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Triumph TR6 - Triple Webers?

I am in the process of a total engine rebuild for a 1972 TR6. I would like to do a reasonable performance boost, and would like opinons/comments/experience on using the triple weber setup. Thanks.

When I rebuilt my 1974 TR6 engine I added a mild cam, took 50,000inch off the cylinder head,put on headers(they were dificcult to put on), electonic ignition and added triple webers and the car works very well(an electric fuel pump is not necessary). I have good gas milage when cruising and more toque than I know what to do with!! I must add that getting a mechanic to dial all this in is a must. Just adding the carbs and hoping they work is very chancy. Please let me know how you get on.



Concur with the point that just putting on Webers is not the answer. Webers are just bigger buckets for shifting petrol. If the engine can't take it in, you can't benefit from bigger buckets.

1/ Electronic ignition. Even a new Lucas dizzie will falter a bit a high revs. ?100
2/ Extractor exhaust manifold. 6:3:1 is best, for resonance reasons. ?300
3/ Flow the head. Unshroud the valves and smooth (not polish) the ports. ?400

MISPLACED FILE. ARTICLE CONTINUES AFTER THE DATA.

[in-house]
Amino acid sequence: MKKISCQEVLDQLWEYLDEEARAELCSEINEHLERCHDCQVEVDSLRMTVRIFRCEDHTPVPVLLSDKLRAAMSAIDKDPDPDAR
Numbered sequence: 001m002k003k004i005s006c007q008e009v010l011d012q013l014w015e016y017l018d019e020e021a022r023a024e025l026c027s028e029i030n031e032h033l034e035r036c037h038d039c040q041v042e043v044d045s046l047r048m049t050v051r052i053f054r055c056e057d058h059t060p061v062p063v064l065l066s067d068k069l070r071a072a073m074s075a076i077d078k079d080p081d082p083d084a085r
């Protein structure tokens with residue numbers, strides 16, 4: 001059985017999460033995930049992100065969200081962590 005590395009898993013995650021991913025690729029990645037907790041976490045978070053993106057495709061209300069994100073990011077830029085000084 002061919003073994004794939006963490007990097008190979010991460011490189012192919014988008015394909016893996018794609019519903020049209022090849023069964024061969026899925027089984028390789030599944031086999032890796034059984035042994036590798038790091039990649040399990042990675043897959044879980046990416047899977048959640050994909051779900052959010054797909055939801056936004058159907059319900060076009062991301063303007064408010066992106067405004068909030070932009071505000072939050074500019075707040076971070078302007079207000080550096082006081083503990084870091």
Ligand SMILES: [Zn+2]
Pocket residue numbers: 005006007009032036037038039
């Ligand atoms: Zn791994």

The engine is breathing freely now.
4/ Camshaft, one of the 'Fast Road' grinds might suit you. With followers, vernier cam sprocket, etc. ?200
4/ Raise compression. Not higher than 10:1 using 96 octane Super Unleaded, unless you are willing to add octane booster to every tankful. ?50
Total so far ?1100?
5/NOW you might consider Webers! ?1000

Without improving the breathing first, Webers will make your engine look great, but all that money will only make you feel you are going faster, unless you allow the engine to take advantage of the Webers.
John D

Thanks for the comments. It only makes sense that a whole lot more carburetion needs an engine properly prepared to deal with it. I am currently researching an appropriate cam. Cambridge has a "fast road" cam that they have recommended. Anyone experienced with these? In my part of the world the highest octane rating commonly available is 91. I have been told that compression ratio of 9.5:1 is barely doable with this gas - so I am thinking about milling to get around 9.25:1 and getting the porting work done.

Thanks for the feed back, Rick.
I'm not familar with the Cambridge cams, but a 'fast road' usually implies higher lift and a modestly increased 'duration'. The latter will tend towards getting more power at higher revs, which you may, or may not want. Higher lift may benefit from 'roller rockers', another significant expence (?400), but may be worth it in terms of reliability and reduced wear.

John Davies

This thread was discussed between 09/05/2000 and 22/05/2000

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